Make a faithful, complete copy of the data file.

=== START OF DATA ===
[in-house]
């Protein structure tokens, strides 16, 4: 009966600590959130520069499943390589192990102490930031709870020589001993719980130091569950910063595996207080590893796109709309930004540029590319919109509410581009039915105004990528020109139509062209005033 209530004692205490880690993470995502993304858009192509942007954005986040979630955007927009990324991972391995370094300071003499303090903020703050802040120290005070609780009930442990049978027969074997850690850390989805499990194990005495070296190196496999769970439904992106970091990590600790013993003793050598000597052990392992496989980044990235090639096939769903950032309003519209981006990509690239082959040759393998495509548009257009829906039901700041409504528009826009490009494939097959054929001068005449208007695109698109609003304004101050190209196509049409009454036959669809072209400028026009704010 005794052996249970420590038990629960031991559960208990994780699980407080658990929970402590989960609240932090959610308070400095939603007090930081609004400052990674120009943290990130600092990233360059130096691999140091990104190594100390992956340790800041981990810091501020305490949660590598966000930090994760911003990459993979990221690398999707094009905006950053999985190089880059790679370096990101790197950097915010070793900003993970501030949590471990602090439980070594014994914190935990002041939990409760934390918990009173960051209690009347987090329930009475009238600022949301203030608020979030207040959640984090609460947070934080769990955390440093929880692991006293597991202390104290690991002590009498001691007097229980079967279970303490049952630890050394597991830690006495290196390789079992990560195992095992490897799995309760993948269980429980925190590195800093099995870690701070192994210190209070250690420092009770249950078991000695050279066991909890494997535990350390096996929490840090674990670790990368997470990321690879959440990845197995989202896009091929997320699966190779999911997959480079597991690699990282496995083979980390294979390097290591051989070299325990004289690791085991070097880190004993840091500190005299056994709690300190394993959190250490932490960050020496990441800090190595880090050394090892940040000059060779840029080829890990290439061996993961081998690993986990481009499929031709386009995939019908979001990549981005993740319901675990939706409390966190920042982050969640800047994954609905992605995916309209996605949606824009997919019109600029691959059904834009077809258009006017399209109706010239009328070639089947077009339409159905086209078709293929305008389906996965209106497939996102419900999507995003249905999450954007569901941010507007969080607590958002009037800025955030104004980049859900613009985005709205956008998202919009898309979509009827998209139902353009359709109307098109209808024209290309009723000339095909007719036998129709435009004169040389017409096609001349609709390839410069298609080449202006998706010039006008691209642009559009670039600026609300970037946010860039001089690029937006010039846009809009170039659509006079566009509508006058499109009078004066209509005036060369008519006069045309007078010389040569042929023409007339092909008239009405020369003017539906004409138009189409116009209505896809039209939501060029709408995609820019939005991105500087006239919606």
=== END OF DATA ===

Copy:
[in-house]
């Protein structure tokens, strides 16, 4: 009966600590959130520069499943390589192990102490930031709870020589001993719980130091569950910063595996207080590893796109709309930004540029590319919109509410581009039915105004990528020109139509062209005033 209530004692205490880690993470995502993304858009192509942007954005986040979630955007927009990324991972391995370094300071003499303090903020703050802040120290005070609780009930442990049978027969074997850690850390989805499990194990005495070296190196496999769970439904992106970091990590600790013993003793050598000597052990392992496989980044990235090639096939769903950032309003519209981006990509690239082959040759393998495509548009257009829906039901700041409504528009826009490009494939097959054929001068005449208007695109698109609003304004101050190209196509049409009454036959669809072209400028026009704010 005794052996249970420590038990629960031991559960208990994780699980407080658990929970402590989960609240932090959610308070400095939603007090930081609004400052990674120009943290990130600092990233360059130096691999140091990104190594100390992956340790800041981990810091501020305490949660590598966000930090994760911003990459993979990221690398999707094009905006950053999985190089880059790679370096990101790197950097915010070793900003993970501030949590471990602090439980070594014994914190935990002041939990409760934390918990009173960051209690009347987090329930009475009238600022949301203030608020979030207040959640984090609460947070934080769990955390440093929880692991006293597991202390104290690991002590009498001691007097229980079967279970303490049952630890050394597991830690006495290196390789079992990560195992095992490897799995309760993948269980429980925190590195800093099995870690701070192994210190209070250690420092009770249950078991000695050279066991909890494997535990350390096996929490840090674990670790990368997470990321690879959440990845197995989202896009091929997320699966190779999911997959480079597991690699990282496995083979980390294979390097290591051989070299325990004289690791085991070097880190004993840091500190005299056994709690300190394993959190250490932490960050020496990441800090190595880090050394090892940040000059060779840029080829890990290439061996993961081998690993986990481009499929031709386009995939019908979001990549981005993740319901675990939706409390966190920042982050969640800047994954609905992605995916309209996605949606824009997919019109600029691959059904834009077809258009006017399209109706010239009328070639089947077009339409159905086209078709293929305008389906996965209106497939996102419900999507995003249905999450954007569901941010507007969080607590958002009037800025955030104004980049859900613009985005709205956008998202919009898309979509009827998209139902353009359709109307098109209808024209290309009723000339095909007719036998129709435009004169040389017409096609001349609709390839410069298609080449202006998706010039006008691209642009559009670039600026609300970037946010860039001089690029937006010039846009809009170039659509006079566009509508006058499109009078004066209509005036060369008519006069045309007078010389040569042929023409007339092909008239009405020369003017539906004409138009189409116009209505896809039209939501060029709408995609820019939005991105500087006239919606």